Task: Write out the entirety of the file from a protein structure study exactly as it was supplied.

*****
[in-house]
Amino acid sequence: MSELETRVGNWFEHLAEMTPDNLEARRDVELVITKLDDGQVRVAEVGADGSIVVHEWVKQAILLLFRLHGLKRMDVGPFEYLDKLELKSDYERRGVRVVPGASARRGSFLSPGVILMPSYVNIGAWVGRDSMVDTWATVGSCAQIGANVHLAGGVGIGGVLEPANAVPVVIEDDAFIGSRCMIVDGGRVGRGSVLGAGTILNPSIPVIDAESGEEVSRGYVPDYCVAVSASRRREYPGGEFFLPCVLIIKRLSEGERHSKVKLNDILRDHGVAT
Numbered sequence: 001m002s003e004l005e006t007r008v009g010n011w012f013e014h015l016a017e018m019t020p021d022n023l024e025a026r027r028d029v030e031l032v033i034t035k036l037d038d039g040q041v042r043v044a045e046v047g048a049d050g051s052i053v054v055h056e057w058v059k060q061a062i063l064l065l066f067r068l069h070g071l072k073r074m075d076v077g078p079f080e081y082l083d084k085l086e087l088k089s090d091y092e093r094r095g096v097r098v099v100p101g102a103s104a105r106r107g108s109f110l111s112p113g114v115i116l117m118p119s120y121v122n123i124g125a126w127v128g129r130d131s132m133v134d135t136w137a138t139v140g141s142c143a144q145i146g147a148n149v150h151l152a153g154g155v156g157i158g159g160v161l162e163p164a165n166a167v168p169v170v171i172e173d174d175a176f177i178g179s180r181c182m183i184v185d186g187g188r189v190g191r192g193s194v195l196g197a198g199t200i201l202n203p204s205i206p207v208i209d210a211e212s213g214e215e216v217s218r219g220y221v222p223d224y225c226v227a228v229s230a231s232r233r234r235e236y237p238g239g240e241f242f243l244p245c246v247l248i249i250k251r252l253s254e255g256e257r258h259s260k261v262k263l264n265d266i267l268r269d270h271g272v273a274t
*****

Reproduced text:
[in-house]
Amino acid sequence: MSELETRVGNWFEHLAEMTPDNLEARRDVELVITKLDDGQVRVAEVGADGSIVVHEWVKQAILLLFRLHGLKRMDVGPFEYLDKLELKSDYERRGVRVVPGASARRGSFLSPGVILMPSYVNIGAWVGRDSMVDTWATVGSCAQIGANVHLAGGVGIGGVLEPANAVPVVIEDDAFIGSRCMIVDGGRVGRGSVLGAGTILNPSIPVIDAESGEEVSRGYVPDYCVAVSASRRREYPGGEFFLPCVLIIKRLSEGERHSKVKLNDILRDHGVAT
Numbered sequence: 001m002s003e004l005e006t007r008v009g010n011w012f013e014h015l016a017e018m019t020p021d022n023l024e025a026r027r028d029v030e031l032v033i034t035k036l037d038d039g040q041v042r043v044a045e046v047g048a049d050g051s052i053v054v055h056e057w058v059k060q061a062i063l064l065l066f067r068l069h070g071l072k073r074m075d076v077g078p079f080e081y082l083d084k085l086e087l088k089s090d091y092e093r094r095g096v097r098v099v100p101g102a103s104a105r106r107g108s109f110l111s112p113g114v115i116l117m118p119s120y121v122n123i124g125a126w127v128g129r130d131s132m133v134d135t136w137a138t139v140g141s142c143a144q145i146g147a148n149v150h151l152a153g154g155v156g157i158g159g160v161l162e163p164a165n166a167v168p169v170v171i172e173d174d175a176f177i178g179s180r181c182m183i184v185d186g187g188r189v190g191r192g193s194v195l196g197a198g199t200i201l202n203p204s205i206p207v208i209d210a211e212s213g214e215e216v217s218r219g220y221v222p223d224y225c226v227a228v229s230a231s232r233r234r235e236y237p238g239g240e241f242f243l244p245c246v247l248i249i250k251r252l253s254e255g256e257r258h259s260k261v262k263l264n265d266i267l268r269d270h271g272v273a274t